Mobileye relies on its own proprietary technology rather than on incorporating know-how from Intel. Eight units of its deep-learning chipset, the EyeQ5H, will power all the sensing, mapping, and path-planning for its upcoming robotaxi service in Germany.
Shashua told reporters in September he aims to deploy a fleet of about 50 vehicles in Munich that will forgo the use of a safety driver by the end of 2022. Mobileye will then be among the first to take advantage of the German government’s recent decision to legalize autonomous cars across the country.
By comparison, in the U.S., the rollout of the technology is impeded by a lack of federal legislation, with each state responsible for setting up its own laws governing the use of fully autonomous self-driving cars.
Alphabet unit Waymo has been operating a pilot program in Phoenix, while Cruise, controlled by General Motors, is attempting to launch a service in San Francisco under far more challenging traffic conditions. Not to be left out, Ford and Volkswagen-backed Argo AI hopes to launch a pilot in Miami soon.
Tesla, by comparison, has focused on deploying a fleet of cars that it then upgrades over time to enable full self-driving. This is a controversial approach, however, not least because of its reliance on U.S. customers to develop the technology rather than professional safety drivers.
Spinning off Mobileye doesn’t mean that Intel has no ambitions to serve the automotive market. Gelsinger anticipates the amount of chips built into an upscale passenger car will quintuple by 2030, incorporating a fifth of the overall bill of materials (BOM). He estimates the total addressable market for automotive semiconductors will grow to $115 billion by the end of this decade, up from an estimated $50 billion in 2021.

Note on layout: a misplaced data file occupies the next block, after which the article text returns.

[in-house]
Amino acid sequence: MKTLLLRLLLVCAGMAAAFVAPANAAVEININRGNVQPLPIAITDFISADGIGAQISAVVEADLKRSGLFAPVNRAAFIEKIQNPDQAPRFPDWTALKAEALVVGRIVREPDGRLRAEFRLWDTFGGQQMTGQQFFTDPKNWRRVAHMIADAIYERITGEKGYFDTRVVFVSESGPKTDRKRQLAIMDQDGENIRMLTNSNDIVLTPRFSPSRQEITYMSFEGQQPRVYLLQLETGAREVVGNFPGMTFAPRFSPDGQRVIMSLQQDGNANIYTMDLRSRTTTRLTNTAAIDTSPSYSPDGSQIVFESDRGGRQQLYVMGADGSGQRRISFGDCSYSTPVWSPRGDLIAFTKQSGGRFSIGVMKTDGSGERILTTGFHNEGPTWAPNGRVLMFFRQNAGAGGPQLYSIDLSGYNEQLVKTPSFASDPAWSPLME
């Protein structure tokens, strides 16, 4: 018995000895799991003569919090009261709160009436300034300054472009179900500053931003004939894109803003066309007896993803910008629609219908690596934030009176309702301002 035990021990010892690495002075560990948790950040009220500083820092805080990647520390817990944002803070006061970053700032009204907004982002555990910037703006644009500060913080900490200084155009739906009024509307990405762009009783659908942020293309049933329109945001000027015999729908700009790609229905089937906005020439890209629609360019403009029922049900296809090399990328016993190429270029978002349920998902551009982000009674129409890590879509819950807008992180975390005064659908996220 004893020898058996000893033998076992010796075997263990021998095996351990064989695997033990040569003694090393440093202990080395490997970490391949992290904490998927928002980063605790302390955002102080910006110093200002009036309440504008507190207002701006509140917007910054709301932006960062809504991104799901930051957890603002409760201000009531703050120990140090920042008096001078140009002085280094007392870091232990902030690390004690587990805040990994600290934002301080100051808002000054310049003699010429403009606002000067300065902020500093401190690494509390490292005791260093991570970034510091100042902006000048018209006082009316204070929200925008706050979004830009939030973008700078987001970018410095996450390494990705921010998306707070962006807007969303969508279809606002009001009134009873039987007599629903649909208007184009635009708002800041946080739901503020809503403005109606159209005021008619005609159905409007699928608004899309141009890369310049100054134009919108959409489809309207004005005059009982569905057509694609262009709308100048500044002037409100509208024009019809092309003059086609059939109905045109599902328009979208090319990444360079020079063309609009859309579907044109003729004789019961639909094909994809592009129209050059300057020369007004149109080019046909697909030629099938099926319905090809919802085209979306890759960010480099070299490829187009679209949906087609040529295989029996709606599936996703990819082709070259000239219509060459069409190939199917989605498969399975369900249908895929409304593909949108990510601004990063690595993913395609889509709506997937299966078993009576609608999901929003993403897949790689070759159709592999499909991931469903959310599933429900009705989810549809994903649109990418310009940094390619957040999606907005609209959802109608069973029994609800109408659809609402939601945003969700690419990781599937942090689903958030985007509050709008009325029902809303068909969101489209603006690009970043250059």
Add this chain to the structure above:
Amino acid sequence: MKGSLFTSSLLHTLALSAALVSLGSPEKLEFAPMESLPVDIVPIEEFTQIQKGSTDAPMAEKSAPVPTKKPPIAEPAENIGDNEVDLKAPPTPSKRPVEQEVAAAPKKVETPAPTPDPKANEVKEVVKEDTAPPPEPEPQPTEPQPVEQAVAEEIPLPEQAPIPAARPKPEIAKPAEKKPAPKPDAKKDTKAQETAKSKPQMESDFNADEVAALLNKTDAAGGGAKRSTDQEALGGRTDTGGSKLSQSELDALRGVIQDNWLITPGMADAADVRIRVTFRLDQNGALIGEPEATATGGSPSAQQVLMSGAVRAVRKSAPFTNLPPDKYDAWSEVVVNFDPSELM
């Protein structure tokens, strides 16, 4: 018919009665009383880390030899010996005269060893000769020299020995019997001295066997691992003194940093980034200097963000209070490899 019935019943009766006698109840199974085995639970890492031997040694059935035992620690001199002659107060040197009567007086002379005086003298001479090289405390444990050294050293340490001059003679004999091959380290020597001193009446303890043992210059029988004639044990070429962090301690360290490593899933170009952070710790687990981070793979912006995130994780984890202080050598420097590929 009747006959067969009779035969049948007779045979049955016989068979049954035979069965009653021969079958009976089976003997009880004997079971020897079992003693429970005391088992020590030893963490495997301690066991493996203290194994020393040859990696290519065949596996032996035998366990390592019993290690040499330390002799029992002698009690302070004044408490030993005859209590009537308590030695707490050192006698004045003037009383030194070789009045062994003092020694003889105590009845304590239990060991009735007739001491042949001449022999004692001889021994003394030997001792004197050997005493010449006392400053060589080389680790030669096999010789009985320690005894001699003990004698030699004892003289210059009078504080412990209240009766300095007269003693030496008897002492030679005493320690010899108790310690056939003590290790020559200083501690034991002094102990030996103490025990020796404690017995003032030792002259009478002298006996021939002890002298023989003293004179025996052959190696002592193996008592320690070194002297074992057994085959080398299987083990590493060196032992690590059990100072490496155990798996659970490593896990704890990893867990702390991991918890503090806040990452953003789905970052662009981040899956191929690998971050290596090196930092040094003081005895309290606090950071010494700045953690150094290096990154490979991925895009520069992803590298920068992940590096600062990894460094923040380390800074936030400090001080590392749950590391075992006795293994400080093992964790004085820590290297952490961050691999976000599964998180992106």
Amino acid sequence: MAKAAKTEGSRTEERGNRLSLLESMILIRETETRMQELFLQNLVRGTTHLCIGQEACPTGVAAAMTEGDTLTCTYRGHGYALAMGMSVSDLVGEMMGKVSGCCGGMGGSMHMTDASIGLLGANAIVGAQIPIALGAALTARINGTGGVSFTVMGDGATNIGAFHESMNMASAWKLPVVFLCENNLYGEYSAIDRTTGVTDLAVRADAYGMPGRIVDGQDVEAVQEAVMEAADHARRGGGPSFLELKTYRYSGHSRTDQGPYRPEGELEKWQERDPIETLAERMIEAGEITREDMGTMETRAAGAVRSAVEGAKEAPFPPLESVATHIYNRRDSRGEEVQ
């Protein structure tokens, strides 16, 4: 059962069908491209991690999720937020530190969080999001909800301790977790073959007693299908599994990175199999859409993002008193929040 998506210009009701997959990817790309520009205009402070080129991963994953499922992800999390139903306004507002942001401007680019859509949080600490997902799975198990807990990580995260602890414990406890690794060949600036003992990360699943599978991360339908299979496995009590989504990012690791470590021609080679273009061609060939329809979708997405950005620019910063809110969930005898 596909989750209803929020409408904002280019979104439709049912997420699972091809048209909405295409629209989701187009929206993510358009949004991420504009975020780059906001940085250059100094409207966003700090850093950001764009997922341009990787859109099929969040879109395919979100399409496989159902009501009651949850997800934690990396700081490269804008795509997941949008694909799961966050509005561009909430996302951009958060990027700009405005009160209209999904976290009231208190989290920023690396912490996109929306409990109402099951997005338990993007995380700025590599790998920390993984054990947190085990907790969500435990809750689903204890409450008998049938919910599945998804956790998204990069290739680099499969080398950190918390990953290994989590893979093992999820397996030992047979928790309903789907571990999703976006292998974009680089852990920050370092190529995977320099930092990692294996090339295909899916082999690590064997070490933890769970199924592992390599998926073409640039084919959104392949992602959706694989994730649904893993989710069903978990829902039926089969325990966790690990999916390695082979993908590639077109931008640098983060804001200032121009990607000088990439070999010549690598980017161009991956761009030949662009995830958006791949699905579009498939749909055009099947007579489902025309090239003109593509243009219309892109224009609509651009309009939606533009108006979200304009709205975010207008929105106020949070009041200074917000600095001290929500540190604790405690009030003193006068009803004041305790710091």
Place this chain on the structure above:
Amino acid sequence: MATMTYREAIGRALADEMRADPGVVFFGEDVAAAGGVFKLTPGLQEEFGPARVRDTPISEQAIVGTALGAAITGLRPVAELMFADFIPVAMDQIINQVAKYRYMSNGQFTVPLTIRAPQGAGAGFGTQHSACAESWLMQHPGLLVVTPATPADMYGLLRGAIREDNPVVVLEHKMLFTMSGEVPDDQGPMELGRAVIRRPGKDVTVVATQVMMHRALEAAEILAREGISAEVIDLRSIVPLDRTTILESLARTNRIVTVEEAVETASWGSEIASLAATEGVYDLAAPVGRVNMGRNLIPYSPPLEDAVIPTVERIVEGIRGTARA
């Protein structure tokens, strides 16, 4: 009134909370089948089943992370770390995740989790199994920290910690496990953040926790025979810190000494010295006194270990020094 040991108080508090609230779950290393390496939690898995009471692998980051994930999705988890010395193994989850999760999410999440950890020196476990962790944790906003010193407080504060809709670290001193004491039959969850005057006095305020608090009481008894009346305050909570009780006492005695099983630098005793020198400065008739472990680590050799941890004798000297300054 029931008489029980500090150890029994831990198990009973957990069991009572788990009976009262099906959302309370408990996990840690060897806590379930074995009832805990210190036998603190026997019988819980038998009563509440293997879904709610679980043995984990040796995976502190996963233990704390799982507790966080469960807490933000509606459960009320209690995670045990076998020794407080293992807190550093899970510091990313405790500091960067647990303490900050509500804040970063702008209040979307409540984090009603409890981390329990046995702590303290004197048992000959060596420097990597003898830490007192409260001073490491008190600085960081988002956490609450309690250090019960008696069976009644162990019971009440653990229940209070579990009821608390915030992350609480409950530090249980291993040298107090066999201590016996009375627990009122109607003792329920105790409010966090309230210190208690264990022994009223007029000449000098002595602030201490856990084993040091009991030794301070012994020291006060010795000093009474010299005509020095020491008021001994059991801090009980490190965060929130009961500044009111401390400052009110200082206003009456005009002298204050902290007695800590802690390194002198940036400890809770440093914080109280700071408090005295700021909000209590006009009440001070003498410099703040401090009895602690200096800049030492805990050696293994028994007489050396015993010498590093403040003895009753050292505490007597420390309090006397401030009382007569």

Both of Intel’s two main U.S. rivals are likewise keen to expand their footprint in this burgeoning market. Nvidia counts Mercedes-Benz and Volvo Cars as customers of its autonomous driving chipsets, while Qualcomm recently inked a deal with BMW in addition to its leading position in semiconductors that run automotive infotainment features.
Intel, however, hopes to benefit from a key differentiator: It, like Nvidia and Qualcomm, designs processors, but unlike the duo it also manufactures them. Gelsinger believes this uniquely positions Intel to help mitigate the current crisis in automotive chip production, given its two so-called fab-less rivals do not have manufacturing capacity of their own.
As a result, Gelsinger came to the Munich auto show in September not only to celebrate the announcement of Mobileye’s robotaxi plans, but to pitch his Intel Foundry Services Accelerator program that migrates carmakers to considerably more advanced chips than those found in today’s cars.
“The role of the semiconductor supply chain is dramatically increasing, not only today but, we expect, for the next decade and beyond,” Gelsinger told reporters.
This story was updated to include comments made by Intel CEO Pat Gelsinger at a Tuesday afternoon news briefing.